female with eggs

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Herpetology

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What?

how will she go back to them if they’re not there :p if you mean will she go back to where she laid, then yes unless you clean it/ remove nest box
 
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Tony Jones

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sorry I didnt make it clear enough ,what happened was she didn't lay in the nesting box I had put in but directly on the heat mat
So I removed her from the eggs & put the eggs in the nesting box When I put her back in she went into her hide & not to the nesting box
I then had to leave for work so I don't know if she will go back to the eggs after I have touched them
 

Pythonguy1

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What I would do is take out all hides except for the nesting box so she has no other alternative but to go back to the eggs. (Assuming that you're maternally incubating them)
 

GBWhite

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Hi Tony,

Generally once a maternally incubating female python is disturbed she will simply abandon the clutch. It's presumed to be a survival strategy for the snake. Naturally there are always exceptions but this seems to be the norm. You can try what Pythonguy suggests and see how it goes but personally I don't like your chances. Let's hope I'm wrong.

As a rule, unless you intend to artificially incubate a clutch the best thing to do is to leave the female and clutch be so she can just do her thing. When I did breed pythons I never removed eggs to incubate and always let the female do the job and never had a clutch fail. Never used a nesting box either.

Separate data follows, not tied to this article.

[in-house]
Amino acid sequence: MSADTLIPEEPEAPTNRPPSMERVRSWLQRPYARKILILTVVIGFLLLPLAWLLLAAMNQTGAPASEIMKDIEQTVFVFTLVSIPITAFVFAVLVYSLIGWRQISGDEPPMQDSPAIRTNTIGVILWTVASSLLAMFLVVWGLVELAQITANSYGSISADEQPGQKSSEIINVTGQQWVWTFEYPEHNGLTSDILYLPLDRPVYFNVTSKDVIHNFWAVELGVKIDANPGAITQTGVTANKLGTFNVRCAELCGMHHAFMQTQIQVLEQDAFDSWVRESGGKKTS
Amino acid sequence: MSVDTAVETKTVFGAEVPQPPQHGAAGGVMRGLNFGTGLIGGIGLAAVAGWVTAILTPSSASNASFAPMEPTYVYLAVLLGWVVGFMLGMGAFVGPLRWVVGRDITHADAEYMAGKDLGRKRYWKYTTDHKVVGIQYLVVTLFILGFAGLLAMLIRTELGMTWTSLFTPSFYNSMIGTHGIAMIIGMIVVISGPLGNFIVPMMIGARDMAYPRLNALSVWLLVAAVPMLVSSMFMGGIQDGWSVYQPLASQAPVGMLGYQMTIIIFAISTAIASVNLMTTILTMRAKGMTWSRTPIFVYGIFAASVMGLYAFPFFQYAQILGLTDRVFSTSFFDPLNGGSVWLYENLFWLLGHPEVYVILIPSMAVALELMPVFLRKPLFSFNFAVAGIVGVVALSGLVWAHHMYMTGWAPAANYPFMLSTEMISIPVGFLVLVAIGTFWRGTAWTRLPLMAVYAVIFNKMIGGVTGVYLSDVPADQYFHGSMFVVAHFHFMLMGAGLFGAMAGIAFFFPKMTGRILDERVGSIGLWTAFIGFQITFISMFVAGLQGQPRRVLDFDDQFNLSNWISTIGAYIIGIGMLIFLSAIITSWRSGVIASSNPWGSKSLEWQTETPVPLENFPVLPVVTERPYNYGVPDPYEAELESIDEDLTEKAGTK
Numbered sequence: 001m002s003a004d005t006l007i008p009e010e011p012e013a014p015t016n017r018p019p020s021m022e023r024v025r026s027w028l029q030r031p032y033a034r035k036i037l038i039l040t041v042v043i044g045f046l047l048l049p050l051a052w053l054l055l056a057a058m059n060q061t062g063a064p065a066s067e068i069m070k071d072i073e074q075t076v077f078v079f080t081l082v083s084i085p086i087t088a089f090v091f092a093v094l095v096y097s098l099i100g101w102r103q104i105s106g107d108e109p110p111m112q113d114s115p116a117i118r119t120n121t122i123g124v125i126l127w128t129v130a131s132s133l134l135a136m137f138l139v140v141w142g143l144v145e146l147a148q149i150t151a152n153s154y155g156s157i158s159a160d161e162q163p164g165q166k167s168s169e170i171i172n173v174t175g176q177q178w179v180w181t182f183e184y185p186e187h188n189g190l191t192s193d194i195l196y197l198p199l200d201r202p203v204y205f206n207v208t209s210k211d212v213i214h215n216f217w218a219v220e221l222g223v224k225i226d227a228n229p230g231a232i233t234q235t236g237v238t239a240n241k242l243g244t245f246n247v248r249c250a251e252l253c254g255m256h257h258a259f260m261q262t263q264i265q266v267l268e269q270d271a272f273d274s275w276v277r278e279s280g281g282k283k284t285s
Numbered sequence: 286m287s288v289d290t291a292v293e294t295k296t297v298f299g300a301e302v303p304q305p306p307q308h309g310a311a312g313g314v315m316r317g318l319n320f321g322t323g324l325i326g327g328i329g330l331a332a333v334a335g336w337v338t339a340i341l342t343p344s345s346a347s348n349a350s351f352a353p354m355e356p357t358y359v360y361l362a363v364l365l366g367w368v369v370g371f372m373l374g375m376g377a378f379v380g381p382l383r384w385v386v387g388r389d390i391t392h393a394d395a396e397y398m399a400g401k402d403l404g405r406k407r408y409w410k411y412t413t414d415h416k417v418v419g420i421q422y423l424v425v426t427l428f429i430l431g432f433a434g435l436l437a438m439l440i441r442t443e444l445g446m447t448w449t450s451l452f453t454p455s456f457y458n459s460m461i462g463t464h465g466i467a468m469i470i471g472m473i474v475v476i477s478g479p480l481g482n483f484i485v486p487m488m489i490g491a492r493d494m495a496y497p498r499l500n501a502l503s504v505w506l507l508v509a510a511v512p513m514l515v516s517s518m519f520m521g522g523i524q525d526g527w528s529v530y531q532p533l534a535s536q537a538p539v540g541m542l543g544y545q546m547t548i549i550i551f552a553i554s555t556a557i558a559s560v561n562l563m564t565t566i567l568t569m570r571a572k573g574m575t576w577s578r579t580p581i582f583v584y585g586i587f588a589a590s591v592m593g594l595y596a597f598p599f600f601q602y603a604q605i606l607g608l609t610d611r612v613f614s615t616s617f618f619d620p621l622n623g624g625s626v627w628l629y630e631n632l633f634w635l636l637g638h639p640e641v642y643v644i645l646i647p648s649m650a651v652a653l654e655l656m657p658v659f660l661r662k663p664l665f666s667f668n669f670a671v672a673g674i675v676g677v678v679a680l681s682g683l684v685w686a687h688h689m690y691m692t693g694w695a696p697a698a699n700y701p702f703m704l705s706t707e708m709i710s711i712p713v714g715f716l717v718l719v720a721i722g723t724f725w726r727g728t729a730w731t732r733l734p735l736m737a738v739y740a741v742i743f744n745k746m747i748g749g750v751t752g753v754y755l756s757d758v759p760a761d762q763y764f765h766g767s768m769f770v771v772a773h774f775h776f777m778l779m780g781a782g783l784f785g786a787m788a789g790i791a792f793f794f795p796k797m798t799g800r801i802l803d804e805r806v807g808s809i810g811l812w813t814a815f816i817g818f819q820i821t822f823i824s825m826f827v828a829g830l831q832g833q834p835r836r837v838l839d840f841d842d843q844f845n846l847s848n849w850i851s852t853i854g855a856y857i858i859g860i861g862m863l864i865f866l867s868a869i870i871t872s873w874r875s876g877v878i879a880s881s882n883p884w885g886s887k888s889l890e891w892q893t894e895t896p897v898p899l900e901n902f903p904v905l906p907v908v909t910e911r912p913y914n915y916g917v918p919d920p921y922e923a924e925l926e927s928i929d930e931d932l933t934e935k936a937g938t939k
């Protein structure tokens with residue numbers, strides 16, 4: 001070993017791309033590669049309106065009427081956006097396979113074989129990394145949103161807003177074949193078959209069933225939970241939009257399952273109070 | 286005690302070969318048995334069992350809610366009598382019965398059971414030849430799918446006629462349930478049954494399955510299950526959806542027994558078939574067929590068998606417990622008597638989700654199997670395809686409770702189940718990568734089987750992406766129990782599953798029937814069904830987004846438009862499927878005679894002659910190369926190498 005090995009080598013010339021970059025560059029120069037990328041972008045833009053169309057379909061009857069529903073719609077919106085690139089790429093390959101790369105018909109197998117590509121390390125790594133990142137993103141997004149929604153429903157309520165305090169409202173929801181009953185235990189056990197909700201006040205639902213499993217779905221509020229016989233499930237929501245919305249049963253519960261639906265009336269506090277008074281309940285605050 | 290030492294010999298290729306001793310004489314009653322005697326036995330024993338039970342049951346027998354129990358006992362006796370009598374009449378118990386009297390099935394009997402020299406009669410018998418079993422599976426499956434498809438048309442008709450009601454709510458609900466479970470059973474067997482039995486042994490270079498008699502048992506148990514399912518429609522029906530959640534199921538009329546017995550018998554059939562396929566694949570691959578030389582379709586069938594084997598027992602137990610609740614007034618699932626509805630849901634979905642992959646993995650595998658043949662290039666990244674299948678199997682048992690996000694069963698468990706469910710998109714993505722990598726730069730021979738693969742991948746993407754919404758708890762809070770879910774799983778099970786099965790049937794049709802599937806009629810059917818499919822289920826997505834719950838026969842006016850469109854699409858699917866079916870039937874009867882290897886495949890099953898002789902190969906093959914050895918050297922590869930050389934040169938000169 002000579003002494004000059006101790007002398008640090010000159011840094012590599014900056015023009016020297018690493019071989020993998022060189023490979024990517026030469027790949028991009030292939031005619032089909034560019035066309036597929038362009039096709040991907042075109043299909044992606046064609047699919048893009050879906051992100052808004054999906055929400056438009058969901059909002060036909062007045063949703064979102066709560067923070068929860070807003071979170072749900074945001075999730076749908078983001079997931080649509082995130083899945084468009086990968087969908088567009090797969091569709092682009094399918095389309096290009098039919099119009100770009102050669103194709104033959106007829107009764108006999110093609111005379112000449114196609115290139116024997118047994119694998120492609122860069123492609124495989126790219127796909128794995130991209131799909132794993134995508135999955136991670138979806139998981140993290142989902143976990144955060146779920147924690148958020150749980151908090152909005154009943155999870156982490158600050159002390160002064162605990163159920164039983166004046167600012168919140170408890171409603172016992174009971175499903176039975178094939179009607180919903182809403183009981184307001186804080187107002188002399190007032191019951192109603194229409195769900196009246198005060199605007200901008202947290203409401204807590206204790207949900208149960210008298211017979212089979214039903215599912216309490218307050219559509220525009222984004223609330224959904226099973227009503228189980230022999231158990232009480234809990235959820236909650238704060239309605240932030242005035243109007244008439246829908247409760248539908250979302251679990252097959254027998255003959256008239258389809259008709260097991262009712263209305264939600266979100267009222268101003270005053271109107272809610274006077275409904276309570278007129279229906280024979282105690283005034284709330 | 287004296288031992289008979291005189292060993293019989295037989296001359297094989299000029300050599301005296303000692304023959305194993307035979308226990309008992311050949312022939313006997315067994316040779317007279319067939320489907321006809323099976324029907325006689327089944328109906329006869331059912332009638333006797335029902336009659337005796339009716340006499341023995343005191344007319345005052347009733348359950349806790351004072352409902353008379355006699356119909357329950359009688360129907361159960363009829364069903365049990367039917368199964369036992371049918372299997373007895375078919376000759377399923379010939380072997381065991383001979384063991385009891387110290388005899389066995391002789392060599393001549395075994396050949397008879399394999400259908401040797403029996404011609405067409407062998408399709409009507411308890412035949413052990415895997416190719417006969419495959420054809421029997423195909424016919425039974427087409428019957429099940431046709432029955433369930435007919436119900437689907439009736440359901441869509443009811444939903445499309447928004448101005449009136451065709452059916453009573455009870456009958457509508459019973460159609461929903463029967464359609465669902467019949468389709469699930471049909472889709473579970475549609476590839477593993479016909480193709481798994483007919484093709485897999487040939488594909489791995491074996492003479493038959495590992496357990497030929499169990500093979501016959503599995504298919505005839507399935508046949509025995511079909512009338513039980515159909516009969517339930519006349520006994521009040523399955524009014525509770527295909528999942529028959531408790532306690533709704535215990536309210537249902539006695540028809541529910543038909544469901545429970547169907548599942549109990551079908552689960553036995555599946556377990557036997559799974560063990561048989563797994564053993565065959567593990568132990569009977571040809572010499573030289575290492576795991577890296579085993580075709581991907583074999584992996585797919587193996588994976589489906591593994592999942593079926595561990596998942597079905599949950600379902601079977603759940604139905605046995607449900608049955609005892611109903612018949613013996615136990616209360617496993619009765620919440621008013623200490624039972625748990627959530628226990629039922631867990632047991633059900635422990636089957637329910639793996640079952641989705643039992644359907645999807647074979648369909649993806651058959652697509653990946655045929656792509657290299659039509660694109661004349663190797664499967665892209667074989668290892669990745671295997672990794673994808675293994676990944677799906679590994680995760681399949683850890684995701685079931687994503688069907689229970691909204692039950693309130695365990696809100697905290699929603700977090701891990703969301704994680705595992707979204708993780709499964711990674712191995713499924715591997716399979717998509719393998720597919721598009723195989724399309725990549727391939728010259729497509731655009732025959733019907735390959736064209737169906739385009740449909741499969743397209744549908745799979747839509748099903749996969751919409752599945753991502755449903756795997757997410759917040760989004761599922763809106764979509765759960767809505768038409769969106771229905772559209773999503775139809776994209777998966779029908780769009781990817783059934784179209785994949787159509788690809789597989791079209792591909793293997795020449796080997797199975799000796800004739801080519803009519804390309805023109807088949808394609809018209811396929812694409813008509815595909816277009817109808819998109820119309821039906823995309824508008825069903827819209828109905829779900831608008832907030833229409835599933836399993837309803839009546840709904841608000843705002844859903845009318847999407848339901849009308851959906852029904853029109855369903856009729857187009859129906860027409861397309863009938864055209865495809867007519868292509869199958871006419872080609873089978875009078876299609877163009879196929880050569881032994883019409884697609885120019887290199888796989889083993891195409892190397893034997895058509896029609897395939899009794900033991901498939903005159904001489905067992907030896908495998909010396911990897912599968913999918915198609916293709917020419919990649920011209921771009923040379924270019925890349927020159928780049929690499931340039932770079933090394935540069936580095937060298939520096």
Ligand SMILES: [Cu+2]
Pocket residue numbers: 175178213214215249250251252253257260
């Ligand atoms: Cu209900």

In hindsight you probably would have been better off placing the nesting box over or just off centre of the heat mat or just left the clutch where she laid it and turned the heat mat off.

Best of luck with the clutch. Keep us posted as I'm interested to know what she does.

Cheers,

George.
 

Herpetology

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Hi Tony,

Generally once a maternally incubating female python is disturbed she will simply abandon the clutch. It's presumed to be a survival strategy for the snake. Naturally there are always exceptions but this seems to be the norm. You can try what Pythonguy suggests and see how it goes but personally I don't like your chances. Let's hope I'm wrong.

As a rule, unless you intend to artificially incubate a clutch the best thing to do is to leave the female and clutch be so she can just do her thing. When I did breed pythons I never removed eggs to incubate and always let the female do the job and never had a clutch fail. Never used a nesting box either.

In hindsight you probably would have been better off placing the nesting box over or just off centre of the heat mat or just left the clutch where she laid it and turned the heat mat off.

Best of luck with the clutch. Keep us posted as I'm interested to know what she does.

Cheers,

George.
Curious if she did lay them on top/beneath of the heating, would this not kill the eggs quickly?
 

Tony Jones

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Curious if she did lay them on top/beneath of the heating, would this not kill the eggs quickly?
Thats what my concern was & the reason I moved them I thought there would be to much direct heat & that it would also dry the eggs out
She has not gone back to them yet so I have the clutch in the nesting box & have adjusted temperatures to maintain constant incubating temps & will just keep my fingers crossed
 

Herpetology

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Thats what my concern was & the reason I moved them I thought there would be to much direct heat & that it would also dry the eggs out